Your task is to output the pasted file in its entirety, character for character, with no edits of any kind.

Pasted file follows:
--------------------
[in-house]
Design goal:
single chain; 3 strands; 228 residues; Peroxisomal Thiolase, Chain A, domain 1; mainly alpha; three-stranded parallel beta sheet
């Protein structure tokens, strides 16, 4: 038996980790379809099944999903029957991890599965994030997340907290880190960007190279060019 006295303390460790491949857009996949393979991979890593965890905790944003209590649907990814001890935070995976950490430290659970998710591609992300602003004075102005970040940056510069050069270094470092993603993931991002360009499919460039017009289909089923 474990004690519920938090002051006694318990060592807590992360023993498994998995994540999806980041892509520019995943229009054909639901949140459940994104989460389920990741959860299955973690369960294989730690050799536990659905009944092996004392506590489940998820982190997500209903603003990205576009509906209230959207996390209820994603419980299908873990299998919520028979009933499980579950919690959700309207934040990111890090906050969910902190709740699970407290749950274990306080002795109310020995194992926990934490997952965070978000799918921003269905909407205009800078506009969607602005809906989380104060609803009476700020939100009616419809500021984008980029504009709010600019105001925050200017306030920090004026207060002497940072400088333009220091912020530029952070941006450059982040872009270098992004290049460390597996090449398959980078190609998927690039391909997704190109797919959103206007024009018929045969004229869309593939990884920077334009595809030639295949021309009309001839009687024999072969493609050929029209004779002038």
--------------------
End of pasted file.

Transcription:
[in-house]
Design goal:
single chain; 3 strands; 228 residues; Peroxisomal Thiolase, Chain A, domain 1; mainly alpha; three-stranded parallel beta sheet
């Protein structure tokens, strides 16, 4: 038996980790379809099944999903029957991890599965994030997340907290880190960007190279060019 006295303390460790491949857009996949393979991979890593965890905790944003209590649907990814001890935070995976950490430290659970998710591609992300602003004075102005970040940056510069050069270094470092993603993931991002360009499919460039017009289909089923 474990004690519920938090002051006694318990060592807590992360023993498994998995994540999806980041892509520019995943229009054909639901949140459940994104989460389920990741959860299955973690369960294989730690050799536990659905009944092996004392506590489940998820982190997500209903603003990205576009509906209230959207996390209820994603419980299908873990299998919520028979009933499980579950919690959700309207934040990111890090906050969910902190709740699970407290749950274990306080002795109310020995194992926990934490997952965070978000799918921003269905909407205009800078506009969607602005809906989380104060609803009476700020939100009616419809500021984008980029504009709010600019105001925050200017306030920090004026207060002497940072400088333009220091912020530029952070941006450059982040872009270098992004290049460390597996090449398959980078190609998927690039391909997704190109797919959103206007024009018929045969004229869309593939990884920077334009595809030639295949021309009309001839009687024999072969493609050929029209004779002038």